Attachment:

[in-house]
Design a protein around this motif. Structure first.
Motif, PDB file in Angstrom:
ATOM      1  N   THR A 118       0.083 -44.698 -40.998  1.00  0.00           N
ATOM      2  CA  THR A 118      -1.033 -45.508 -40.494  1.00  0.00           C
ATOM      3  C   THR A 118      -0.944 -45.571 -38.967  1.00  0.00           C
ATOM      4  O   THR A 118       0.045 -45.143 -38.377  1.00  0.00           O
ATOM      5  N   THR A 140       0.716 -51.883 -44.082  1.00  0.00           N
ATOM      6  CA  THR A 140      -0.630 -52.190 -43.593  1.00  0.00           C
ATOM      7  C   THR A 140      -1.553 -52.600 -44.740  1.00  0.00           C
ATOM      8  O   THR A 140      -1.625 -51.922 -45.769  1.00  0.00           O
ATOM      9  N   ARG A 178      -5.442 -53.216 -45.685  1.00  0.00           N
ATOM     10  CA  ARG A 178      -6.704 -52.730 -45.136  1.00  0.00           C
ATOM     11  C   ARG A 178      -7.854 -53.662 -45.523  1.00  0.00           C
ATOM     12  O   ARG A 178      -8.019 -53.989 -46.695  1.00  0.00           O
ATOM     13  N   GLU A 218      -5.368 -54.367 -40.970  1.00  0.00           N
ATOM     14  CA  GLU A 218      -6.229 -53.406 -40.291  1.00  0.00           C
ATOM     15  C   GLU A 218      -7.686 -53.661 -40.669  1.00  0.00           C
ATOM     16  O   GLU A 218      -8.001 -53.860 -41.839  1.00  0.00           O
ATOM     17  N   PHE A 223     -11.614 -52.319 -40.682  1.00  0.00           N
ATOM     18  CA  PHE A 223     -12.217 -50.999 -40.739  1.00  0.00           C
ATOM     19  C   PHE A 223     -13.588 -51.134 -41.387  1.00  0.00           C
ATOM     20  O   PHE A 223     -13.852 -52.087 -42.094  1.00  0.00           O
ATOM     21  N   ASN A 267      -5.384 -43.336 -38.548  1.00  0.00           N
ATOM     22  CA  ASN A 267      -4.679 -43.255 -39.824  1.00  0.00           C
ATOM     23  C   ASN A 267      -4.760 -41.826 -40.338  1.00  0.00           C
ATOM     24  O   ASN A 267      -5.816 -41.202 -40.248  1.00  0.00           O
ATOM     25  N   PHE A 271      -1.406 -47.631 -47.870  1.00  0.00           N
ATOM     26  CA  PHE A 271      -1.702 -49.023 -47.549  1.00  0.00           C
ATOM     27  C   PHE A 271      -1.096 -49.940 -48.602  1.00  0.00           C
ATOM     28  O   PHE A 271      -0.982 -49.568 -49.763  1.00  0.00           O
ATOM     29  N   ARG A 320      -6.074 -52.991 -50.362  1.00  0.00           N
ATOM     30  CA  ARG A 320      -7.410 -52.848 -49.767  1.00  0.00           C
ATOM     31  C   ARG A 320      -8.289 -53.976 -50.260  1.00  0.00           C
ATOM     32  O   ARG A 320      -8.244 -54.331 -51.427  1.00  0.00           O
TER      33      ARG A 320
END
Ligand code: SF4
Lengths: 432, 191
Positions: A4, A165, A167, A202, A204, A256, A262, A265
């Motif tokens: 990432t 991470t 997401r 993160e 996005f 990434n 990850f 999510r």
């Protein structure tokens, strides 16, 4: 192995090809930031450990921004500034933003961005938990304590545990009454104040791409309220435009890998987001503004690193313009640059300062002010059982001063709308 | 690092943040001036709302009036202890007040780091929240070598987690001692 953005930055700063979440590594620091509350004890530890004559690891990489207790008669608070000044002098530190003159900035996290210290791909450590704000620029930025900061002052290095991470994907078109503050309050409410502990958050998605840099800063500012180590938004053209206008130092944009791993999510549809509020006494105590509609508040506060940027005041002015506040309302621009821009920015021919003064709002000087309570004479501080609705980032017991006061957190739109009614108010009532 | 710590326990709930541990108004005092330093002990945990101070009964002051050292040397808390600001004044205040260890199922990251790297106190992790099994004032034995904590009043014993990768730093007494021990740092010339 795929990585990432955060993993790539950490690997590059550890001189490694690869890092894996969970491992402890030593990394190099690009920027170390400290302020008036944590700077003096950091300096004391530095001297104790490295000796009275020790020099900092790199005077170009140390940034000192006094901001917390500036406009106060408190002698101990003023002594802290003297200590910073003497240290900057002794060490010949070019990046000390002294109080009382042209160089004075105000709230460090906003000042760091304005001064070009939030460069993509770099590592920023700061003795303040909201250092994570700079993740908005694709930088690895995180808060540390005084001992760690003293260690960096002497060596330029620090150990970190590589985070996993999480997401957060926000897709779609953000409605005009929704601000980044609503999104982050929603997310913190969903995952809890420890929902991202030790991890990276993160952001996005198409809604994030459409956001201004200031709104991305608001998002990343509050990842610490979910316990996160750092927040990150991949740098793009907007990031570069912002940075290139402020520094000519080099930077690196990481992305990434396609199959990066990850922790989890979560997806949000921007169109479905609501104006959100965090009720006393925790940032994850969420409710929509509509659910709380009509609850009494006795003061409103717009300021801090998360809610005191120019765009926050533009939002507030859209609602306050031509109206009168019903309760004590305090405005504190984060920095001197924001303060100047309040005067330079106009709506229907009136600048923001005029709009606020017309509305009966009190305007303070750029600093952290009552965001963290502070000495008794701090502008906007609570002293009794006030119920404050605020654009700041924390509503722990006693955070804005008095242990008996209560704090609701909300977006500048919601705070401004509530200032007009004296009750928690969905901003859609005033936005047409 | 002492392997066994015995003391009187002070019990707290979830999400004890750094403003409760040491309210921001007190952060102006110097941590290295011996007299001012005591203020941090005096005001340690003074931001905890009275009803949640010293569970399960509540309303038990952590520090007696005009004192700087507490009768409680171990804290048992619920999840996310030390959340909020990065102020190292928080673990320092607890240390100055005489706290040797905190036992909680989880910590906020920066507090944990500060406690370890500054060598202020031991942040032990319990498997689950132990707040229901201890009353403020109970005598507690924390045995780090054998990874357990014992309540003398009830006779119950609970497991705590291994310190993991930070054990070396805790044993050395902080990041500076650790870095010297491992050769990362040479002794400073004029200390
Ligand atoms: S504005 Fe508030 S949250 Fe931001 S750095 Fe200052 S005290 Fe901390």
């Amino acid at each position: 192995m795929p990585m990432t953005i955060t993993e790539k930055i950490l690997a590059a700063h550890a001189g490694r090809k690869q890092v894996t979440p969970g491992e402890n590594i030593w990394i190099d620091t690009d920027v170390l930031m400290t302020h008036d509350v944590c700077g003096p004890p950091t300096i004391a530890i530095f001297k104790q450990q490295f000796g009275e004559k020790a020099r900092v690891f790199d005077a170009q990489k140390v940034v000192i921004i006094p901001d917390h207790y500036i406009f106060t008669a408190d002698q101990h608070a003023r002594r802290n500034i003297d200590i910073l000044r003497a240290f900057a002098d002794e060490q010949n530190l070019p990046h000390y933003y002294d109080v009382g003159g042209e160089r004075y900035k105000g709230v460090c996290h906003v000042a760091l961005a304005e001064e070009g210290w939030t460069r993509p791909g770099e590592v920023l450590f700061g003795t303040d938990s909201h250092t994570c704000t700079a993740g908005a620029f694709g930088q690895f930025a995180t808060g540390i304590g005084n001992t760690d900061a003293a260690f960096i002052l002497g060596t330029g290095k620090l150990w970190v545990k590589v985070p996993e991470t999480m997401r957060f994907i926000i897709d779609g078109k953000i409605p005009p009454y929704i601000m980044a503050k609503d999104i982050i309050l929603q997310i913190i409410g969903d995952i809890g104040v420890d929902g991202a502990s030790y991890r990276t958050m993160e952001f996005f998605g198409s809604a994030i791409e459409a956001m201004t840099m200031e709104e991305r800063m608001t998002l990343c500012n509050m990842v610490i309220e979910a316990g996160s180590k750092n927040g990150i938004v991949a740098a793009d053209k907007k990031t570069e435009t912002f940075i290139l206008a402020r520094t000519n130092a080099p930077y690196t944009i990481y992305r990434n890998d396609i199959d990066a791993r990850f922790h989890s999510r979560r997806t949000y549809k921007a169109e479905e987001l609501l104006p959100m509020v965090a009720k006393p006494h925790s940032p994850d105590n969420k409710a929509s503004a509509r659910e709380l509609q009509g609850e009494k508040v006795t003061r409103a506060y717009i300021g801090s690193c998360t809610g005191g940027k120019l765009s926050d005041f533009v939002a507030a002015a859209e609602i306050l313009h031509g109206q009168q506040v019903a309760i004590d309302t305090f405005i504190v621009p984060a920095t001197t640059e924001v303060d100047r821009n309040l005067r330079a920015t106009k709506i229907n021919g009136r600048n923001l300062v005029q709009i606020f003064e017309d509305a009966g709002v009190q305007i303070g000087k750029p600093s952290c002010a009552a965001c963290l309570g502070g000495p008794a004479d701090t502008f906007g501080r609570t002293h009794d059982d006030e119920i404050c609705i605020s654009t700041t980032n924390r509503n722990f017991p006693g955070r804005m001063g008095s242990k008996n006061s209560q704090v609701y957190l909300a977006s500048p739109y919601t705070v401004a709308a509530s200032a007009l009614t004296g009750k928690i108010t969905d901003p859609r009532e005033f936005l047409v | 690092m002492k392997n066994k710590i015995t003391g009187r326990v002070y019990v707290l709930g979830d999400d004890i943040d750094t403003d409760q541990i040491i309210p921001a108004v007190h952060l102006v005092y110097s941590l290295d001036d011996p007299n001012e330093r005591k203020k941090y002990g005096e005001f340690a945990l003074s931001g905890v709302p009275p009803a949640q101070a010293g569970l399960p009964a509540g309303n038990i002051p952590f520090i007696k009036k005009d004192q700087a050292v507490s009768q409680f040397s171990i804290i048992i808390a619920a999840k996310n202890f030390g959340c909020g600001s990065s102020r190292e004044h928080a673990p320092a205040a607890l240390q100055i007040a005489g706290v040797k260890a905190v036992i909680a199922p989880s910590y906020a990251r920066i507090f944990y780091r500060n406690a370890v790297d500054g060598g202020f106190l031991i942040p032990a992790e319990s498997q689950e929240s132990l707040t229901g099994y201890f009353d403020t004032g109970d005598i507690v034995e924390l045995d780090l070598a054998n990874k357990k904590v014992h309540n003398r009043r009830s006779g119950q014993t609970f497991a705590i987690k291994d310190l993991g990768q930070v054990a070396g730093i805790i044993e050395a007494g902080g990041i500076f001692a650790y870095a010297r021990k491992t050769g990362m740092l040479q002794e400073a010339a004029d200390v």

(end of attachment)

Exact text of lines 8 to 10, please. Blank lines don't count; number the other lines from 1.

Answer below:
ATOM      5  N   THR A 140       0.716 -51.883 -44.082  1.00  0.00           N
ATOM      6  CA  THR A 140      -0.630 -52.190 -43.593  1.00  0.00           C
ATOM      7  C   THR A 140      -1.553 -52.600 -44.740  1.00  0.00           C